In many of the testimonies given by Christian Scientists we find expressions of thankfulness for the overcoming of the sense of limitation and the incoming of a sense of supply from the infinite source of good. Oftentimes sickness is closely associated with the fear of poverty, even where actual want does not exist, and as Christian Science always deals with causation, the effects of fear and all false beliefs vanish before the truth of being. While it is true that the fear of poverty tends to induce poverty as well as sickness, there are other errors which must be recognized, and scientifically overcome by the action of Truth. A vital lesson on this point is to be found in our revered Leader's words: "In the figurative transmission from the divine thought to the human, diligence, promptness, and perseverance are likened to 'the cattle upon a thousand hills.' They carry the baggage of stern resolve, and keep pace with highest purpose" (Science and Health, p. 514).

These words from our text-book are ofttimes a needed rebuke when one is tempted to be indolent or careless in his activity, whether this activity be mental, physical, or spiritual. Of course, when we attain to real spiritual activity there can be no imperfection in it; but at present we have only begun to ascend from the low plane of material sense, and nothing less than constant watchfulness can save us from carrying along with us the errors which should be left behind when we begin to understand and reflect divine intelligence. If "order is heaven's first law," this should govern our thinking and doing, for without order we can have no real success in anything which we attempt. There should be "a place for everything, and everything in its place," not merely in our homes and workshops, but also in our mentality.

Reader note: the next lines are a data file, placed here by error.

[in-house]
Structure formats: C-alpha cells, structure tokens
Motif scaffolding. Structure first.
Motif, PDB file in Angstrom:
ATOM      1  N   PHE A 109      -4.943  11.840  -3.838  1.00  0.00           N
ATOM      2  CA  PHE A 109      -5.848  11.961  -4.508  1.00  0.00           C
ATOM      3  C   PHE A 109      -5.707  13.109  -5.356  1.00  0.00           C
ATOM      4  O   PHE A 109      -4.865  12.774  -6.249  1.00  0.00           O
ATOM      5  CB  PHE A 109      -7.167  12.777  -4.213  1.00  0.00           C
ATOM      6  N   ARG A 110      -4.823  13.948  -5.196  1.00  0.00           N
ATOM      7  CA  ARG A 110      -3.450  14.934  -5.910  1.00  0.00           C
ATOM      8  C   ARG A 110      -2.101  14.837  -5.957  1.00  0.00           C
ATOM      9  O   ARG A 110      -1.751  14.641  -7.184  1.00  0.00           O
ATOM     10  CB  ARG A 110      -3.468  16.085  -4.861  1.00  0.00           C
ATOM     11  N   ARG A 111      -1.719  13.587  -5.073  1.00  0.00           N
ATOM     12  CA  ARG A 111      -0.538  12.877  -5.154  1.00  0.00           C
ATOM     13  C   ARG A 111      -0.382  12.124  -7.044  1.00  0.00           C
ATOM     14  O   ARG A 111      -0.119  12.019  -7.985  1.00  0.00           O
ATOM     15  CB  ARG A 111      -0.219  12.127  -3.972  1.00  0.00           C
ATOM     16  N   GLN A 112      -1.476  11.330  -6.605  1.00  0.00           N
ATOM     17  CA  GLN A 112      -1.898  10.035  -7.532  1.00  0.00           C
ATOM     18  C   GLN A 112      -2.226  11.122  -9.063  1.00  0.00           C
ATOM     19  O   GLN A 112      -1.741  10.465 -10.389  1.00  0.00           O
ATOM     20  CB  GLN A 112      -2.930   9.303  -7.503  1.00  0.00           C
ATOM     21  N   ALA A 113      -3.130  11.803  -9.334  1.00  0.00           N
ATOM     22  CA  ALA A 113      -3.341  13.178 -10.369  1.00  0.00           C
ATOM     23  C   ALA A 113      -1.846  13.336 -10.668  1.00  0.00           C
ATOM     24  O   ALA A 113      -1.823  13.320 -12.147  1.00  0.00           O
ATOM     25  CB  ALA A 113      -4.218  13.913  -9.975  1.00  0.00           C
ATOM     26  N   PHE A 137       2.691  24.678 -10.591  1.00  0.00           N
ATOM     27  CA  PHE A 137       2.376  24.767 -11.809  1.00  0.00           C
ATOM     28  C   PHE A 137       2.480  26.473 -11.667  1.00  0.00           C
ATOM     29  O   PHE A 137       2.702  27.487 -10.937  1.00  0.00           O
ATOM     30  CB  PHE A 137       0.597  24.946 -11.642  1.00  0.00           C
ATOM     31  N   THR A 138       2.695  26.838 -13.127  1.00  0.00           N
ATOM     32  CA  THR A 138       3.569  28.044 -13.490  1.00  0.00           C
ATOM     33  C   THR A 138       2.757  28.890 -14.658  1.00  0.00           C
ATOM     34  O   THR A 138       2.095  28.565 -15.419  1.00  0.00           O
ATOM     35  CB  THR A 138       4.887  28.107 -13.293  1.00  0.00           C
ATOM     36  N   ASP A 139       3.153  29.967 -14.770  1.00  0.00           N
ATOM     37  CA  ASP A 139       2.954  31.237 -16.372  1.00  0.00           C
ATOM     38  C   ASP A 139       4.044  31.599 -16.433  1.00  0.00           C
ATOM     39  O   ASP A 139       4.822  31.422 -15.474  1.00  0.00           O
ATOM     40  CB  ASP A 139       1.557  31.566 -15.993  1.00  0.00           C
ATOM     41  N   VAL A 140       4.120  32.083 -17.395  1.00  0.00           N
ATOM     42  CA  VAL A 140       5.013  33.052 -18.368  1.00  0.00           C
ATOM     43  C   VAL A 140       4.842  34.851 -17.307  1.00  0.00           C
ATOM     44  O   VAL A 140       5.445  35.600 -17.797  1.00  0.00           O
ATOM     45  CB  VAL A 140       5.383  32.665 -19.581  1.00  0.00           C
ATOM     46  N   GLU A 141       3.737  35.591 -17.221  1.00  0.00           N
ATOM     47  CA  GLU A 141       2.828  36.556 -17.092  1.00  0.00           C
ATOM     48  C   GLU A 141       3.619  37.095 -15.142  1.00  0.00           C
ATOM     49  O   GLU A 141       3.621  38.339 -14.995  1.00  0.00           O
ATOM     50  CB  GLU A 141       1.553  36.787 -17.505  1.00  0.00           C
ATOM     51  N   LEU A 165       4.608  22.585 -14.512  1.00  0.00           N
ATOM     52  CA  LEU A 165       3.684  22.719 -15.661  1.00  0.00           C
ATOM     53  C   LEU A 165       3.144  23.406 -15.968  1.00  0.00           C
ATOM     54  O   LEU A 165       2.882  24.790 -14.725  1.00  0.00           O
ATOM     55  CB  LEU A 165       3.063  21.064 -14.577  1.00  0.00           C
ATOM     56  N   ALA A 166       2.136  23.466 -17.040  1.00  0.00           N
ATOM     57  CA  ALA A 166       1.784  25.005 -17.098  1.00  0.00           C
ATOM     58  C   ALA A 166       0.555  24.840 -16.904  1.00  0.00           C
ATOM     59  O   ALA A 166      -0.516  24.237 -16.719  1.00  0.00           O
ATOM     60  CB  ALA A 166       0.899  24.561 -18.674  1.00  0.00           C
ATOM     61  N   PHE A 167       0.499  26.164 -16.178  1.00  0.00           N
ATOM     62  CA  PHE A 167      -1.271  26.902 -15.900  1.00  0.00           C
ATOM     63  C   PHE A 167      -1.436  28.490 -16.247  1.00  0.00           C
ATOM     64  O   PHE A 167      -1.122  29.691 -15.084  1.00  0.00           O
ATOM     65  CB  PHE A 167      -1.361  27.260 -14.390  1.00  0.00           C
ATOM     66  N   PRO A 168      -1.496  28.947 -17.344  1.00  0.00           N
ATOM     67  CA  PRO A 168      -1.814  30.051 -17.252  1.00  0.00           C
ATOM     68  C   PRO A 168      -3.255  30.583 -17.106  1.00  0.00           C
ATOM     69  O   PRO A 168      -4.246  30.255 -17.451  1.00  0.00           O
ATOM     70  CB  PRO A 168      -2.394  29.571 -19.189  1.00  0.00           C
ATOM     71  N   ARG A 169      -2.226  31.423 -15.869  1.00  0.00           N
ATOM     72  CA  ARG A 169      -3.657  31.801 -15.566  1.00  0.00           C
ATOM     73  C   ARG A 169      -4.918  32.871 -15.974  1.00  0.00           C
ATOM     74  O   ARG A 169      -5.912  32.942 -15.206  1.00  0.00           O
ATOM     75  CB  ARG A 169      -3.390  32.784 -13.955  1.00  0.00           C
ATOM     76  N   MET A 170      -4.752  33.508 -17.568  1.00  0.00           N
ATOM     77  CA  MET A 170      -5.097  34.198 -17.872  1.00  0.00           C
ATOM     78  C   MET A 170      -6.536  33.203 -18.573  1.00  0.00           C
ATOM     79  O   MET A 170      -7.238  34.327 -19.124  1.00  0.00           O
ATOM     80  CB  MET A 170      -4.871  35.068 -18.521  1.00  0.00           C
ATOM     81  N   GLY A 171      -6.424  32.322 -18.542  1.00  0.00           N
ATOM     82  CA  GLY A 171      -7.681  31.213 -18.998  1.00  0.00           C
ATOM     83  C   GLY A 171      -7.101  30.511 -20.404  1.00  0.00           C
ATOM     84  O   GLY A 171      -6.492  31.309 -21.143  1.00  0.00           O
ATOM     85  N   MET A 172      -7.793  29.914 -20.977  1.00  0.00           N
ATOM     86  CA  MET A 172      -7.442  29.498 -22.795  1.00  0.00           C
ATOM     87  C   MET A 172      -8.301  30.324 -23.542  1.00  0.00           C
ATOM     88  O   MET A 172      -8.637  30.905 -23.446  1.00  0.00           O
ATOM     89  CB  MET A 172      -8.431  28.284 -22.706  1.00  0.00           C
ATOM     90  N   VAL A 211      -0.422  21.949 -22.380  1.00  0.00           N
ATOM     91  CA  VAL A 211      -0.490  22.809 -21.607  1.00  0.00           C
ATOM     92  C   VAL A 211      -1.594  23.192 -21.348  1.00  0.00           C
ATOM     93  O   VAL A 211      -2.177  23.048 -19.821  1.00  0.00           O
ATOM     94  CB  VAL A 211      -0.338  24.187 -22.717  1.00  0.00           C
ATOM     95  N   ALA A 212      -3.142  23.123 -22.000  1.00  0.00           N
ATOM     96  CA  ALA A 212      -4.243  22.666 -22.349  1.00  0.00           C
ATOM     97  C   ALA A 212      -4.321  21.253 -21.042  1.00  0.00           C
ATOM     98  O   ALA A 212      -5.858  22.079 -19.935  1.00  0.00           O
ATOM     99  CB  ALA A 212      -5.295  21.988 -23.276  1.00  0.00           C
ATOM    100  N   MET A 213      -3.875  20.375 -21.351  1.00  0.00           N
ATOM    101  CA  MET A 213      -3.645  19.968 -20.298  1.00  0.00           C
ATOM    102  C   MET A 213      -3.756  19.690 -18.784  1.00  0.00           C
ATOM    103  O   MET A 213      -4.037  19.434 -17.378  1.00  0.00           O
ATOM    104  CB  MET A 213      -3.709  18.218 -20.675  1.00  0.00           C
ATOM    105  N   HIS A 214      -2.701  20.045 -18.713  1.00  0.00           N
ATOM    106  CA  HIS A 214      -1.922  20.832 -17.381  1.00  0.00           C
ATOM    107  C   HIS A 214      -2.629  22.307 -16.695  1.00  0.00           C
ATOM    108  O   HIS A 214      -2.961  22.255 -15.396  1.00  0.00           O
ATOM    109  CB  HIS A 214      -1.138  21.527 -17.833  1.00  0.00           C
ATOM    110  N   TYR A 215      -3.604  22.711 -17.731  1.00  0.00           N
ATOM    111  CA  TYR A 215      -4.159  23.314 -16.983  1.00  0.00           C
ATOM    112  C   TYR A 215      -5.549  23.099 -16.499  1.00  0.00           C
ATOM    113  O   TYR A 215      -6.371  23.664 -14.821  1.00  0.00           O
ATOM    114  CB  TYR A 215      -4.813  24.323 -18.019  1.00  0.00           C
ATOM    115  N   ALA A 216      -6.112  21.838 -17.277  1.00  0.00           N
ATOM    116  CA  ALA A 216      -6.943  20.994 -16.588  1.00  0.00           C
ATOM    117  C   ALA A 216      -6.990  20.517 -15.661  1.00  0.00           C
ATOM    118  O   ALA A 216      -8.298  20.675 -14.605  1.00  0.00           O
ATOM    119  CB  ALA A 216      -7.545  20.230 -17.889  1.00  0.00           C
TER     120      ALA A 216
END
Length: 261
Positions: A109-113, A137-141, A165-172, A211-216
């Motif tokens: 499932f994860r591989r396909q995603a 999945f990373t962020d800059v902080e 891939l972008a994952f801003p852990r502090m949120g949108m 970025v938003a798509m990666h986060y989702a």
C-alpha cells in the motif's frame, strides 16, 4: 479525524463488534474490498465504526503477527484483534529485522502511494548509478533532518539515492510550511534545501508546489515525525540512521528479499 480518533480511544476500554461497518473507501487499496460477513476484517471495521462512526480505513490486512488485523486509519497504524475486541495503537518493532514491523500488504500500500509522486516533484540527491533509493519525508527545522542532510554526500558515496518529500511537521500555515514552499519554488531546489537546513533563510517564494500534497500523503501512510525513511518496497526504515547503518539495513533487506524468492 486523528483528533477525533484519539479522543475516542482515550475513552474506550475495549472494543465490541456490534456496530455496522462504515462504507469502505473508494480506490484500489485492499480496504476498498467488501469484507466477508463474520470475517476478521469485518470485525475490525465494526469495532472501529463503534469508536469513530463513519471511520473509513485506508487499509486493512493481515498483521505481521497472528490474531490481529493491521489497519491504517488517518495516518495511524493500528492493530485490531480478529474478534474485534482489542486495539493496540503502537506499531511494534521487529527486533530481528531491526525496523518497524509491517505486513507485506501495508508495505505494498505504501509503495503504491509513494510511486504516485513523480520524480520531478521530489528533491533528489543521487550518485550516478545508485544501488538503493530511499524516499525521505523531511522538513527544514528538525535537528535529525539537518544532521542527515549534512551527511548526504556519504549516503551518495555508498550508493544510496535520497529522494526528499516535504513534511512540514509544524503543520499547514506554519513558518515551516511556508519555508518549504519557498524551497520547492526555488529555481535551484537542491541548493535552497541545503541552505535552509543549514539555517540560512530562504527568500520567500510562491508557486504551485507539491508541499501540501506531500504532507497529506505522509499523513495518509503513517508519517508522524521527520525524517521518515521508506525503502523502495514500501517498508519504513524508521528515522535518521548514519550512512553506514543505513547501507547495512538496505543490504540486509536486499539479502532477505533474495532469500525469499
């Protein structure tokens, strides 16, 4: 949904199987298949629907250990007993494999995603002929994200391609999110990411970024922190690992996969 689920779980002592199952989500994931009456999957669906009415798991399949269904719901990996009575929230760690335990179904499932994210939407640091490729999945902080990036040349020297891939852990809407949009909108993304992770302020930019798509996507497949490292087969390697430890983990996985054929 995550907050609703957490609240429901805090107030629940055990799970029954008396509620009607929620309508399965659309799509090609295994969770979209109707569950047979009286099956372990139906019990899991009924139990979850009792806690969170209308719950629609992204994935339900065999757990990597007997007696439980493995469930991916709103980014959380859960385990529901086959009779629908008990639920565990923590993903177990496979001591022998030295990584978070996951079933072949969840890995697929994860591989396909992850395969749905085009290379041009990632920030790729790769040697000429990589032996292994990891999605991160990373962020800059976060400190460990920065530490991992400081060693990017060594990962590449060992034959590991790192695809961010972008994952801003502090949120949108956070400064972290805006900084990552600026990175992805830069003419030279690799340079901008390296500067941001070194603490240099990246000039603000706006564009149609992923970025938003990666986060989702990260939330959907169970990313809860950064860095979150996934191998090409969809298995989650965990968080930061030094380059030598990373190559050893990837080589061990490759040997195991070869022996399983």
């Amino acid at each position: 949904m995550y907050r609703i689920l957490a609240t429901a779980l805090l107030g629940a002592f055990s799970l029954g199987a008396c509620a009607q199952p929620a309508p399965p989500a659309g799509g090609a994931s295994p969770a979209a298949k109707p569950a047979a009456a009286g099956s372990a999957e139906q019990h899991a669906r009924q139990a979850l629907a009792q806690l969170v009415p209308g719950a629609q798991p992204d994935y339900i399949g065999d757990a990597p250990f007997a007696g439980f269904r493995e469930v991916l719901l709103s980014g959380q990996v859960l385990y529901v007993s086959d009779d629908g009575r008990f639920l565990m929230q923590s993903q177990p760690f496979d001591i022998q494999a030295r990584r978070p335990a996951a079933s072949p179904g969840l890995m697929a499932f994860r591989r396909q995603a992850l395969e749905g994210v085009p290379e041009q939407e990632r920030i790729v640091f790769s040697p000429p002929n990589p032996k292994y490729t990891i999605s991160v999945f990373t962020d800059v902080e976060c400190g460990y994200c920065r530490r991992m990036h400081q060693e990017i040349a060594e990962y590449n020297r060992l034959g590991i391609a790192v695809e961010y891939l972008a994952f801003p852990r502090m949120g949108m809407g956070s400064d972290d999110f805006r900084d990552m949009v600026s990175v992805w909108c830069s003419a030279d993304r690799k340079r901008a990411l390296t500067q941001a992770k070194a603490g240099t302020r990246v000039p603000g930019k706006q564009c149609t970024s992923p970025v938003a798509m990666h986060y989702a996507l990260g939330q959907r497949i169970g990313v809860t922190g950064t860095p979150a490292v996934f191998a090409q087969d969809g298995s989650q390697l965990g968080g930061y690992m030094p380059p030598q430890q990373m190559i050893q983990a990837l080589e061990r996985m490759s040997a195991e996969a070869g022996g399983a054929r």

If our work is not what it should be, let us do what the psalmist did,—look up to the starry heavens which ever tell of law and order,—and let us ponder his words: "What is man, that thou art mindful of him? ... Thou madest him to have dominion over the works of thy hands; thou hast put all things under his feet." If we are not expressing this dominion, is it not because we are not working as divine Mind works, in accord with law and order? Many are the foes (mortal beliefs) which would hinder our advance, and among them are pride and self-pity, errors which impoverish all who entertain them. These errors must be cast out before we can truly advance, and instead of envying others their possessions, we should strive each day to deserve better things than we at present have. It is always safe to exercise self-denial rather than self-indulgence on the material side, for this surely leads to expansion on the spiritual side, and thus riches gained.

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December 5, 1908

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